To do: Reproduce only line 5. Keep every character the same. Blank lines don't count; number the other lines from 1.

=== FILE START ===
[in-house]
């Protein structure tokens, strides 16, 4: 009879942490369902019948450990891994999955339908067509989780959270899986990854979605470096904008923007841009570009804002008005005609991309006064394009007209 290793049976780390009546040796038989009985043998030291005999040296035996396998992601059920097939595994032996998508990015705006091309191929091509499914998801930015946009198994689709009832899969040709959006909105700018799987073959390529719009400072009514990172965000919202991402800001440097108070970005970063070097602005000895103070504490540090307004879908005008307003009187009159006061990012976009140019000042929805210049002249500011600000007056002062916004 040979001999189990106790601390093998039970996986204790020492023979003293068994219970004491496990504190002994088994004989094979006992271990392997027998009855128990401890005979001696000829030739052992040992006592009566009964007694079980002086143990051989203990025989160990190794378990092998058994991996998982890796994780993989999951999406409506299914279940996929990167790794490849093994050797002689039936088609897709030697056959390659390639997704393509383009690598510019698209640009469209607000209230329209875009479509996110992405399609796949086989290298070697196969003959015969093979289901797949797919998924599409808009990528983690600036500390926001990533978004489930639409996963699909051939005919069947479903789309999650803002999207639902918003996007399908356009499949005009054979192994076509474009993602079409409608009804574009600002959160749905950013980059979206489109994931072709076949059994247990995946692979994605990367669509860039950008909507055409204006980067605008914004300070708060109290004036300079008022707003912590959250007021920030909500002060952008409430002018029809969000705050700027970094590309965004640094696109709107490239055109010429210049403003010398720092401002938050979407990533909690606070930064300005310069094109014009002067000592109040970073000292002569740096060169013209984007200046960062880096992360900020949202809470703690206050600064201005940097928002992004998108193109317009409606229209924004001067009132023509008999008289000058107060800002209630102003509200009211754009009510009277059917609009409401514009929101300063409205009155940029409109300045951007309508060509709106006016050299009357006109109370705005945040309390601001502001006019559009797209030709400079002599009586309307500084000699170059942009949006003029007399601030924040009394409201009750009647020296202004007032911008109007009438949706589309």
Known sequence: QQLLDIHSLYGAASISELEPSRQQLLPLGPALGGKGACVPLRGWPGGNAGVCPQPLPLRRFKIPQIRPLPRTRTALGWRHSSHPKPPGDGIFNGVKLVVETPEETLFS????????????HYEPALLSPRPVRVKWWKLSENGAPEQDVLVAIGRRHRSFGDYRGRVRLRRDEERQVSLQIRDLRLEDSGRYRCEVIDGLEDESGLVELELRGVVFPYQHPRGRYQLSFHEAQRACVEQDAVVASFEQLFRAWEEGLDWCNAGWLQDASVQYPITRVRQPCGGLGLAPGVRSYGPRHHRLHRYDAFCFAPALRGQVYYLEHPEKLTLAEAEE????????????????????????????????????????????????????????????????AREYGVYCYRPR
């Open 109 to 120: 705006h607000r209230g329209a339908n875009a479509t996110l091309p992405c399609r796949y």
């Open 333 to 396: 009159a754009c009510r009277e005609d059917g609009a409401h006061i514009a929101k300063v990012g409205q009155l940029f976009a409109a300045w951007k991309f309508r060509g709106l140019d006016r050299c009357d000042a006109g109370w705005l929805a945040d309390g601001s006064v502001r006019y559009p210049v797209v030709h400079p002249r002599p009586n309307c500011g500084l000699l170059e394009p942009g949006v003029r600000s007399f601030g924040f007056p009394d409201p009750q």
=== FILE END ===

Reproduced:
């Open 333 to 396: 009159a754009c009510r009277e005609d059917g609009a409401h006061i514009a929101k300063v990012g409205q009155l940029f976009a409109a300045w951007k991309f309508r060509g709106l140019d006016r050299c009357d000042a006109g109370w705005l929805a945040d309390g601001s006064v502001r006019y559009p210049v797209v030709h400079p002249r002599p009586n309307c500011g500084l000699l170059e394009p942009g949006v003029r600000s007399f601030g924040f007056p009394d409201p009750q």